The bill creates a new interest rate formula
based on Treasury bill rates equal to 7.46 percent
interest for students starting to repay their loans,
and the rate is capp^^^^^ercent.
life j .j uiiisvixj aju* «
idatfc;themthfouglLth£ direct loan pfogramata
special low rate until the end of January.
After that time, consolidation loan interest
rates will be based on an average of the interest
rates on previous loans.
The bill also includes a special provision to
forgive up to $5,000 of loans for education stu
dents who work for five years in parts of the
country with teacher shortages.
Munier said other parts of the bill will reduce
the bureaucracy students face when applying for
and receiving financial aid.
"*T>sq.qioK eeribaH si a arii jiinVf
a / ; The bill al$p increased the amount of money
students can earn before it will affect their feder
al aid, authorized the Department of Education
to offer lower interest rates to students who con
sistently pay their bills on time and changed the
way need is determined for financially indepen
But Munier said the key to all these reforms
is the money Congress appropriates for them.
“Congress has never funded grants at the
maximum level,” he said.
“The real test is appropriations.”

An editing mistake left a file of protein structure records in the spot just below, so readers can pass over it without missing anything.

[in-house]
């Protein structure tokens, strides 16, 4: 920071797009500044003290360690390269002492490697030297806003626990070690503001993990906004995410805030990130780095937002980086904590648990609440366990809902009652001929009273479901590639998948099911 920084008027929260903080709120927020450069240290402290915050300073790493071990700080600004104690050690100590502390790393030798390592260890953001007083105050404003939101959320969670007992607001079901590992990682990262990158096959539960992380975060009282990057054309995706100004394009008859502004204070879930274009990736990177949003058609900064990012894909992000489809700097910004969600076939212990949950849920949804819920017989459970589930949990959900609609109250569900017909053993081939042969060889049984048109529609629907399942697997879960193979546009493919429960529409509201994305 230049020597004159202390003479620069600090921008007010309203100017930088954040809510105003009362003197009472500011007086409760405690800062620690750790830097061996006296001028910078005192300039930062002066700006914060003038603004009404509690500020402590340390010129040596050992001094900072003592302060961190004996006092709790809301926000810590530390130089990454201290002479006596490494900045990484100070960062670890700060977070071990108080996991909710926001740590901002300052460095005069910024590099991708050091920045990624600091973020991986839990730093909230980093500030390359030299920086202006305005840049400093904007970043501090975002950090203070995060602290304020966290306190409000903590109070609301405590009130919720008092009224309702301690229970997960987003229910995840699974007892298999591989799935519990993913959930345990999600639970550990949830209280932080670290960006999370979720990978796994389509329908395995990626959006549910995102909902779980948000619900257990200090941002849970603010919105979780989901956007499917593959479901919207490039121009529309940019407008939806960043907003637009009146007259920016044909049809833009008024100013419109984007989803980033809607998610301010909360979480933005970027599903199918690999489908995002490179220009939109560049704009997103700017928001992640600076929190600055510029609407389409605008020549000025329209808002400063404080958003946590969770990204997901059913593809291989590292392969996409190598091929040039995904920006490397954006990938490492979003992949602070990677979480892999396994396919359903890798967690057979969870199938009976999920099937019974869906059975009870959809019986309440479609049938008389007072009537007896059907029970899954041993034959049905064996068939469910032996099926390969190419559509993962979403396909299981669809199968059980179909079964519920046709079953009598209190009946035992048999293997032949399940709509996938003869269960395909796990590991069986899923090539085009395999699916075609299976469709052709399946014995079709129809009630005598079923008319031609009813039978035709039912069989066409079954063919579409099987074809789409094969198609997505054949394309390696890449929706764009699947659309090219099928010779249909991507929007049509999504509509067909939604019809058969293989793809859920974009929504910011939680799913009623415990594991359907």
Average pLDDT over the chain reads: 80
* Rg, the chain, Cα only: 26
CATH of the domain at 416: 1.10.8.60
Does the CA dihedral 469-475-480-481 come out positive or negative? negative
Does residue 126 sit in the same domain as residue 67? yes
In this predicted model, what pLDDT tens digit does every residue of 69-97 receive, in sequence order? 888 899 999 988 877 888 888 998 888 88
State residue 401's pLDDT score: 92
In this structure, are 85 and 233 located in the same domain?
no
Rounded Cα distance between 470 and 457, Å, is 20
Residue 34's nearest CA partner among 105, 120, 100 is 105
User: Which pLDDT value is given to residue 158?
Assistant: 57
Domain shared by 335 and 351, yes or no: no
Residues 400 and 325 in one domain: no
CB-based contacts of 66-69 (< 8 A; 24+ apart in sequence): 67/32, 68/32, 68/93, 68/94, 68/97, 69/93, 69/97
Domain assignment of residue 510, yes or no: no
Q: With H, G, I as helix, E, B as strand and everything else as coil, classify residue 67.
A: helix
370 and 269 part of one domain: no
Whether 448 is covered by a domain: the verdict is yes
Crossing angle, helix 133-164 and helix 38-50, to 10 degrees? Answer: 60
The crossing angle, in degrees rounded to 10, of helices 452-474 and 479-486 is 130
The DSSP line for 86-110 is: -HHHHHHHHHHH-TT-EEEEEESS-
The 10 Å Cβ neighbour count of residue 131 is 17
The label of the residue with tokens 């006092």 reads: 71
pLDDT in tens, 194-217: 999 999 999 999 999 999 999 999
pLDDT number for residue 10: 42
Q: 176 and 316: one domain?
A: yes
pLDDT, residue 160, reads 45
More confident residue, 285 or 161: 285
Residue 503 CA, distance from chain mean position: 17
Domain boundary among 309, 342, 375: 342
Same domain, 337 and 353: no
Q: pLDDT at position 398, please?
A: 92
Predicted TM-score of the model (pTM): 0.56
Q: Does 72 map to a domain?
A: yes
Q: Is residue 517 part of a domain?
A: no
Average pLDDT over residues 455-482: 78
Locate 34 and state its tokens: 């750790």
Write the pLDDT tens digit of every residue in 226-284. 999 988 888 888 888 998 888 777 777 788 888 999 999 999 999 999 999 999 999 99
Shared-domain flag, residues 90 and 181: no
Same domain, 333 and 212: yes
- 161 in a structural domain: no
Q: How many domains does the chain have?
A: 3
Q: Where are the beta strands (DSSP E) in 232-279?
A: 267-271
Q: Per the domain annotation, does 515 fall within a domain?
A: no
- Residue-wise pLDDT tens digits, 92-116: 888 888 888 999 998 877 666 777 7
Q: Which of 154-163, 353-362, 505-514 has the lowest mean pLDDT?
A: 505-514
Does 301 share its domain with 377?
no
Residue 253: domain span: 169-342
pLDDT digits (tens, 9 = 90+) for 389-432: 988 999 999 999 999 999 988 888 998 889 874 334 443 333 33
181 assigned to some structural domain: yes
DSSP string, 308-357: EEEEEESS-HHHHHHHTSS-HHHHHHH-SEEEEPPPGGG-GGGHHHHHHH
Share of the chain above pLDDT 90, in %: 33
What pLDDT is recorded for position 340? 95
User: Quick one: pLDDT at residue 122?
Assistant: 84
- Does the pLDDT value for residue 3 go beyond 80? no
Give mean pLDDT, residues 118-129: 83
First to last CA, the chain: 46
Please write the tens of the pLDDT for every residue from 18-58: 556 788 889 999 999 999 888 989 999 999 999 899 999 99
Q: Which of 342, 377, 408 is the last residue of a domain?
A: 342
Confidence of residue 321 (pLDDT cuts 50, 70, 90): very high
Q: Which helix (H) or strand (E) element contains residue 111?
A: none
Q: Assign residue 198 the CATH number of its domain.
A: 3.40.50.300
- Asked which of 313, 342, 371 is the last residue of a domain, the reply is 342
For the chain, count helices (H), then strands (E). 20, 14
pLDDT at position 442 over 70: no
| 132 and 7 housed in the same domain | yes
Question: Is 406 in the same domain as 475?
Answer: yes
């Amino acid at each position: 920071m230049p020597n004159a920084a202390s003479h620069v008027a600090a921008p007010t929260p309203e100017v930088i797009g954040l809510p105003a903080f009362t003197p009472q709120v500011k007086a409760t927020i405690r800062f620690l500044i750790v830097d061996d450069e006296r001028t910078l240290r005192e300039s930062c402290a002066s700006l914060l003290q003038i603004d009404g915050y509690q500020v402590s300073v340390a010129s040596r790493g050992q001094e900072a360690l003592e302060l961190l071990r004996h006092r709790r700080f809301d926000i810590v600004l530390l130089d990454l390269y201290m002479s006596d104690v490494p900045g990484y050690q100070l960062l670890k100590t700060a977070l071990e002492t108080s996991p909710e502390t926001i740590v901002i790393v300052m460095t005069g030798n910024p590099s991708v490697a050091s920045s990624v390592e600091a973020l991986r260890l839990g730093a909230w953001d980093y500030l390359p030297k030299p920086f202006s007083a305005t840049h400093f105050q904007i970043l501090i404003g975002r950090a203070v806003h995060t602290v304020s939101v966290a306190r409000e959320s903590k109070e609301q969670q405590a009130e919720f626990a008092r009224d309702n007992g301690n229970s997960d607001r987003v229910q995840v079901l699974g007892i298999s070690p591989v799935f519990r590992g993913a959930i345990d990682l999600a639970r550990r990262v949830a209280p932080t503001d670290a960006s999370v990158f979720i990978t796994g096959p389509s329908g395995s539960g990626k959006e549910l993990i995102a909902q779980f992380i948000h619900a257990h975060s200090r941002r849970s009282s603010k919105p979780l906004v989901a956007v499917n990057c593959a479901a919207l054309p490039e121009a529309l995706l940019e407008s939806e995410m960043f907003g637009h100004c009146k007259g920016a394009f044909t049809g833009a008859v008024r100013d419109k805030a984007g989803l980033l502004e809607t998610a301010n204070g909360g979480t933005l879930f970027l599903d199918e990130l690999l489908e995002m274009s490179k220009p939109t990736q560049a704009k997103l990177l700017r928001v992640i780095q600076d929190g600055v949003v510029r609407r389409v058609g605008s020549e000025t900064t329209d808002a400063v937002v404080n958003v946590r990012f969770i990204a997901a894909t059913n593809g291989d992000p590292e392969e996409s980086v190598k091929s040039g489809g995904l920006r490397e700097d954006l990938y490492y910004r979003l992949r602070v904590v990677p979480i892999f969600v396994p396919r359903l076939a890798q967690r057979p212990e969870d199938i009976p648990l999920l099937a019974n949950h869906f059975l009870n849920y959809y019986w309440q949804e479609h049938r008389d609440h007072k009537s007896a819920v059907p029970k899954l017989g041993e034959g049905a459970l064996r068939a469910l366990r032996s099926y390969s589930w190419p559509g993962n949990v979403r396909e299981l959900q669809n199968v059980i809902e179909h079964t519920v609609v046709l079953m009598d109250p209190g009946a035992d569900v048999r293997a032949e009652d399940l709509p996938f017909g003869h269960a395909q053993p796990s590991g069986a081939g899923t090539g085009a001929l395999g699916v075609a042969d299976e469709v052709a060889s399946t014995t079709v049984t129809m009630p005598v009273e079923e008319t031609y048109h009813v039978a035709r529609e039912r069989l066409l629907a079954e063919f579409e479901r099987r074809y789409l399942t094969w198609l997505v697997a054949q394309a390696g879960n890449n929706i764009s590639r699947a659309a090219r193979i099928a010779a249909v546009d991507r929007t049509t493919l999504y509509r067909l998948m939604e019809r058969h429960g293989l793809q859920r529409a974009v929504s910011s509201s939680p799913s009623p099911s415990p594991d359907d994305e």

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• Check antifreeze, air filter, wiper blades,
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fpe&ort g ntroversy m department
REPORT from page 1
bers were biased because they had
written letters last spring to Moeser
protesting the ARRC’s ruling.
“They shouldn’t have been
appointed to Chancellor Moeser’s
committee,” said Robert Herling, a
senior criminal justice major who has
helped begin a committee that will
look at UNL’s sexual harassment pro
Shavers said she signed a letter
written to the chancellor but that the
letter questioned whether the ARRC
should have investigated the com
plaints, not its findings.
She and another faculty member,
not associated with the committee,
signed the letter.
Shavers said another letter was
written but she would not say who
letter protesting the ruling of the
Academic Rights and Responsibilities
Committee,” she said.
Schwebach said the letters were
written 2d the request of and with polit
ical science faculty members.
Though die ad hoc committee con
cluded the department’s environment
was not hostile, it made seven recom
mendations to improve the climate for
women in political science.
The recommendations included:
■ Work to recruit more woman
HMS members on uni
versity policies and procedures to
respond to claims of gender bias or
J ■ Develop practices that demon